When we took my nearly 2-year-old nephew to the zoo last summer, the highlight wasn't the lions or tigers or bears. It was the "fishies." So it was a welcome realization that there's a spot in town where tykes can admire fish according to their attention spans-and adults' wallets.
We visited Old Town Aquarium, an aquarium specialty store that has supplied exotic fish to the Shedd and other museums. The 50-plus tanks house fish of every imaginable shape and shade, and sharp eyes may even find Nemo, not to mention coral, sea anemone and stingrays.
Kids will get a kick out of seeing just how unique each tank is, and I even said a few "ew"s and "ah"s (hairy hermit, anyone?). With displays changing regularly, there's something new to spy each time you visit.
For those who prefer their fish up-close-and-personal, there's an open-air pond in the store, which simultaneously intrigued and scared my toddler companion.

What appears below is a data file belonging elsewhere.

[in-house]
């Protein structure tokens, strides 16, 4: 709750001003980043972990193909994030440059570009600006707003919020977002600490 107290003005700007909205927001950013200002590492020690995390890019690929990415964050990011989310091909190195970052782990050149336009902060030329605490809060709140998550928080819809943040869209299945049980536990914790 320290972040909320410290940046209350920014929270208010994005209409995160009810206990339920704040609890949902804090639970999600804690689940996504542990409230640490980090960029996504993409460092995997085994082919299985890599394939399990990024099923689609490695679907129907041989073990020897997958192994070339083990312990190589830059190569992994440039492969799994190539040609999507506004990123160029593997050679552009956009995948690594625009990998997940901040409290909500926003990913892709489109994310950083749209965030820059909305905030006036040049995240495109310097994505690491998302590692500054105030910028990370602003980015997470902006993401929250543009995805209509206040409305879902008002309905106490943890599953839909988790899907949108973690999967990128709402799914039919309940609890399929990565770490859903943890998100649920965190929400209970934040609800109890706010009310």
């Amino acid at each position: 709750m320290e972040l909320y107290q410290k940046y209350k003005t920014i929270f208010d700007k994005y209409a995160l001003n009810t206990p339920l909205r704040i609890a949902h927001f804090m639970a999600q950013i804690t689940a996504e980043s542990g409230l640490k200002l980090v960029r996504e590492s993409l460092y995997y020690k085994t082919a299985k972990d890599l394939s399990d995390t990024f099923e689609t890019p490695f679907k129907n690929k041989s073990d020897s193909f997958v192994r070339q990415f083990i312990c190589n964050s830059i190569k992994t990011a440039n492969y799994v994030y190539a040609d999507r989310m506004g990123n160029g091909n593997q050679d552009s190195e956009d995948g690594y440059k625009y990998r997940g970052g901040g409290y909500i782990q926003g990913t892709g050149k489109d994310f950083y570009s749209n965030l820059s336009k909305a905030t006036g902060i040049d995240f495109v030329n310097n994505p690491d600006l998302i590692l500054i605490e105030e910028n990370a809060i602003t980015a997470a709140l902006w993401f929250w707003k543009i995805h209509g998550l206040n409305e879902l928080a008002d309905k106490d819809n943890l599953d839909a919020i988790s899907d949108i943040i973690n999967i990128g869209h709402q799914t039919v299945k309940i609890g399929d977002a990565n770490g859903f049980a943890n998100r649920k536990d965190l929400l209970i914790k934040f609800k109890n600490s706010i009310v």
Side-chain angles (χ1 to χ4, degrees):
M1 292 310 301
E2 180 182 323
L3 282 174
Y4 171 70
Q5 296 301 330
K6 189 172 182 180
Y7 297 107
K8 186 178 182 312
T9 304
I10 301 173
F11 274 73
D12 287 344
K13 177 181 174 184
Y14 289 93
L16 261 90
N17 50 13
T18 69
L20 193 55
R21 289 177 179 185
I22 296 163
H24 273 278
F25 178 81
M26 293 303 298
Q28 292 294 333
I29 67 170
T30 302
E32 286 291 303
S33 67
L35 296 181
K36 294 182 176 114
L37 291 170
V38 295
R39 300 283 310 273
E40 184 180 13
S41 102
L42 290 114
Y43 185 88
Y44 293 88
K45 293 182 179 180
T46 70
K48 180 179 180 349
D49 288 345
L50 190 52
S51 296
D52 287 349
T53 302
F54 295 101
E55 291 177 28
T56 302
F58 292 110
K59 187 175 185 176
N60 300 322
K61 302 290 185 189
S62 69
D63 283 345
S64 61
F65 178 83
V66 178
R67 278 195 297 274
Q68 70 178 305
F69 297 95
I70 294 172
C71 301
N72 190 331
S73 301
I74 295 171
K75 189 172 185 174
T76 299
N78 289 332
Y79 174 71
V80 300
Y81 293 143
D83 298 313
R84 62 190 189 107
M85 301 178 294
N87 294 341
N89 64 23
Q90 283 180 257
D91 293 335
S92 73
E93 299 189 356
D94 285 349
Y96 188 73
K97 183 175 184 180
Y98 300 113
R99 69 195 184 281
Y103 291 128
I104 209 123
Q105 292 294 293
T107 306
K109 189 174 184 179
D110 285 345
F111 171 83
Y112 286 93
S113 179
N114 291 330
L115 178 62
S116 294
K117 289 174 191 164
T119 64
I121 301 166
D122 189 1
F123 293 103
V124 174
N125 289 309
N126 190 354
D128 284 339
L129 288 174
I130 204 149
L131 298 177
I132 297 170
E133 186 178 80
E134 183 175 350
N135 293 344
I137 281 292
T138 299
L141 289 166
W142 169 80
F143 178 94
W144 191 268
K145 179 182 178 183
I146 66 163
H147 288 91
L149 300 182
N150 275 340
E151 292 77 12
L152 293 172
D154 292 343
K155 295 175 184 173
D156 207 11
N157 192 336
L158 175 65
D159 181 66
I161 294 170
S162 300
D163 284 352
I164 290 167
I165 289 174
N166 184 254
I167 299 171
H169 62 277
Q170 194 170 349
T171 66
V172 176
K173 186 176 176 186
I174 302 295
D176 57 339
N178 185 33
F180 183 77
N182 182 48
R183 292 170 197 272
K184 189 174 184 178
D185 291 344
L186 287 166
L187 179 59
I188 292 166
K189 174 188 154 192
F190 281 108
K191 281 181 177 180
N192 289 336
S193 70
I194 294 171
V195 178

From an educational standpoint, each tank is well labeled, so you can look up fun facts later. True fish aficionados will do well to ask questions of the staff.
After our excursion under the sea, we headed next door to The Fudge Pot, operated by the Dattalo family since 1963. The stroller-friendly store smells like heaven for chocolate lovers, with cocoa confections displayed in its glass cases.
Popular items include toodles, chocolate-dipped fruit and solid chocolate molds that come in shapes ranging from cars to sports items. My nephew gobbled up a chocolate-covered pretzel while I enjoyed the creamy sweetness of the store's signature item: fudge.
The confections are made in-store, so families can watch fudge being whipped up in copper pots or taffy apples being hand-dipped via a large picture window, giving it the feel of a real-life Willy Wonka factory.
Since our chocolately treats were our only expense for the day, the whole trip was a welcome option for me and my little fish-and-fudge fan.
Elizabeth Diffin is the associate editor at Chicago Parent. She lives in Wheaton.
See more of Elizabeth's stories here.